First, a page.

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Noctua NF-P14 FLX

The Austrian Noctua NF-P14 FLX fan, which is a default fan of the famous Noctua NH-D14 super-cooler and of Noctua NH-C12P SE14 cooler can also be purchased separately. For about $20 you can get not just a fan with accessories, but also a white-and-brown cardboard box with a cut-out window in front and a ton of information on the back:

 

You can get even more info about the Noctua NF-P14 FLX fan and technologies used in it by opening the flip-cover in the back:

Together with the fan you get two adapters with variable resistors, a PATA power adapter, four silicone shock-absorbing mounts, four metal plates with retention holes and four self-tapping screws:

There is no manual, but once you’ve read the info on the package, you won’t really need one.

Noctua NF-P14 FLX is a 140x140x25 mm fan with retention holes that should fit a 120 mm fan spot. It weighs 150 g. the fan has a round light-pink frame with contrasting dark-brown blades inside it:

 

The fan itself is 130 mm in diameter. All nine blades have “notches” on the internal edge. These notches are intended for smoothing the airflow, lowering the noise and increasing the pressure. They help split the acoustic component of the fan airflow into several different spectrums that blend in better with the background noise from the rest of the system case and are easier to perceive for the human ear.

The inside surface of the fan frame is smooth and there is a 2 mm gap between the frame and the end of the fan blades:

When the fan is connected directly to the three-pin mainboard or rheobus connector, it will rotate at 1200 RPM, but with the enclosed adapters it can be lowered to 900 RPM or 750 RPM. In this case the airflow will equal 60, 49.3 and 41.9 CFM respectively, generating 19.6, 13.2 and 10.1 dBA of noise. The respective static pressure will be 1.29, 0.77 and 0.53 mmH2O. The fan’s maximum power consumption is declared to be 1.2 W (1.32 W according to our measurement results). The fan has one of the highest startup voltages in our today’s test session of 7.9 V.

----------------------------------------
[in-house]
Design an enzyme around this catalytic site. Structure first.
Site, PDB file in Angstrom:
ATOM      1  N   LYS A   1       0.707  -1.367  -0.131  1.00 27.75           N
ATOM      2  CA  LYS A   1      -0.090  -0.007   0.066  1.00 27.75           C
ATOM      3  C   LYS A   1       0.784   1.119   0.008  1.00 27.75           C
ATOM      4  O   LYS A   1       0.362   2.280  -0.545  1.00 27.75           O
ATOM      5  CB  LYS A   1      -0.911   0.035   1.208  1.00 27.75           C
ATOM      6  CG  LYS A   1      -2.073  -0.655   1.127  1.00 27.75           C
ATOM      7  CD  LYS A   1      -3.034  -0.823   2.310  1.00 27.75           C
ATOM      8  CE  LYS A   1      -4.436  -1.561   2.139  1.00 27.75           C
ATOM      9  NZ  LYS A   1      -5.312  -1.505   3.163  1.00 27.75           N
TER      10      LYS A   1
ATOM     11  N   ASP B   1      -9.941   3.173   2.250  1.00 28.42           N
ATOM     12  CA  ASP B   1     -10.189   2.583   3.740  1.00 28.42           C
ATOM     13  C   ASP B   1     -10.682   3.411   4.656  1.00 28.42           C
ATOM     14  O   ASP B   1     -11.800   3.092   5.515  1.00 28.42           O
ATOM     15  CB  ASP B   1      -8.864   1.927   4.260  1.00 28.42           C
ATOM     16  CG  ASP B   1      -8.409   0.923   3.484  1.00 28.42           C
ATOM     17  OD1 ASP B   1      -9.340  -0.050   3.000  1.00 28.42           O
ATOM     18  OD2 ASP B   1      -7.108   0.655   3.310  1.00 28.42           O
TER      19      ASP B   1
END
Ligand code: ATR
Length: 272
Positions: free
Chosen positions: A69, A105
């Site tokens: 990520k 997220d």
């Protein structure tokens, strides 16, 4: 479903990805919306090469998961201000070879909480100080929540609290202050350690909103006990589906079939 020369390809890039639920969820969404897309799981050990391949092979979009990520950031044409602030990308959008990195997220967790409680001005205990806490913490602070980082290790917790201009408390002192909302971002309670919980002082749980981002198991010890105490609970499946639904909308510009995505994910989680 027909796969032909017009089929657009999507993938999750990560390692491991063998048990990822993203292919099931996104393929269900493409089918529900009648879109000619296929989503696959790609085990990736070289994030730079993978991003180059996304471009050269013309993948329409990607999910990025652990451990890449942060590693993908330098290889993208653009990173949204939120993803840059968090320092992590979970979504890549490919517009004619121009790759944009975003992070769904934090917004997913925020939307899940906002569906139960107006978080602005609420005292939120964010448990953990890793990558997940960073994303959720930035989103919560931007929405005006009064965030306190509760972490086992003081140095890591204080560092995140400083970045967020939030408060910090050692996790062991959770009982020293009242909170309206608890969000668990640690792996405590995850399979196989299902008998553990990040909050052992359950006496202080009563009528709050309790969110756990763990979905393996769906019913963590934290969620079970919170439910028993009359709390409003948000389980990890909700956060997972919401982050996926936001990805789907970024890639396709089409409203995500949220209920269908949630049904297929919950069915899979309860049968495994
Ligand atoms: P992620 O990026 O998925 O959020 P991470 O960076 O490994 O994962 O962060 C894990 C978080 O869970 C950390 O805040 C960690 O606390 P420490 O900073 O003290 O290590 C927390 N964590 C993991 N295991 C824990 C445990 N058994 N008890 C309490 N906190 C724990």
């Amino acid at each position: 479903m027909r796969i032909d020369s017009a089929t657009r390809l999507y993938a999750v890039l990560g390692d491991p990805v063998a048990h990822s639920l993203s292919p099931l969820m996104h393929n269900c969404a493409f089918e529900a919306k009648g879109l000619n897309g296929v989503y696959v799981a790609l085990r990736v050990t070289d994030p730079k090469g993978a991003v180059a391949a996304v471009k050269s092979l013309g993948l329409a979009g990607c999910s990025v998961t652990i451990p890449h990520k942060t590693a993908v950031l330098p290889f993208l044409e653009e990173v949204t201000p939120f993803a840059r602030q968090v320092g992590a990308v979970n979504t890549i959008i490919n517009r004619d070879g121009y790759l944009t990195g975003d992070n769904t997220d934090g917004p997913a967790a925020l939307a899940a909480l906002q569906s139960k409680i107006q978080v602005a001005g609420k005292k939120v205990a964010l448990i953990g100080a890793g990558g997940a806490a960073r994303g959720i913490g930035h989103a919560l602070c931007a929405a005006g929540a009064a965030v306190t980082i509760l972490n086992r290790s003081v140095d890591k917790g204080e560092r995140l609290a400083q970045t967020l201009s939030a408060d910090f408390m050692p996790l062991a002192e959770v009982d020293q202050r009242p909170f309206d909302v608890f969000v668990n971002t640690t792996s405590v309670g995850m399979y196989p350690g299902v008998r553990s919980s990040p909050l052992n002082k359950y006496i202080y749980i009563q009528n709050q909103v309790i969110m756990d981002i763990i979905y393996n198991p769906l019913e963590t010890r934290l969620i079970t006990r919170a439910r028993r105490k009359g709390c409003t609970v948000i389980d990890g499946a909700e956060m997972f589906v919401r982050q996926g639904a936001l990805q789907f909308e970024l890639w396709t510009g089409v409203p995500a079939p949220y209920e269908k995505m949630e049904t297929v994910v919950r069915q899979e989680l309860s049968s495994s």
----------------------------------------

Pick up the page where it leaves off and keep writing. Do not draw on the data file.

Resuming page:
The fan rotor is only 41 mm in diameter and is covered with a metal plate instead of a plastic or paper sticker:

Since the actual impeller of a 140 mm product weighs more than the impeller of a 120 mm model, Noctua engineers used a special reinforced metal shell to ensure that the bearing will last long. As a result, NF-P14 FLX boasts the same long-term service life span as its 120 mm brother and should last at least 150,000 hours. Moreover, this fan also uses second version of Smooth Commutation Drive technology, which makes its motor run almost completely noiselessly. I am sure that you remember the details about Noctua’s self-stabilizing and self-lubricating SSO bearings from our previous review: they are used in this fan as is, without any additional modifications.

Noctua NF-P14 FLX fan is priced at about $20 and is manufactured exclusively in Austria. It is expensive, but it comes with a 6-year warranty, which is not bad at all, although definitely not a record.

Let’s check out the performance of this relatively new fan:

Despite all unique technologies employed in Noctua NF-P14 FLX, this fan doesn’t boast any record-breaking airflow readings or extremely low noise levels. In fact, it seems to be closer to the two least successful participants of our today’s test session, rather than the average runners. For example, Noctua NF-P14 FLX is acoustically comfortable up to 830 RPM and quiet at up to 710 RPM, which is not that impressive against the background of other testing participants. In my opinion, the high price of this fan is not justified by its performance at all.

 
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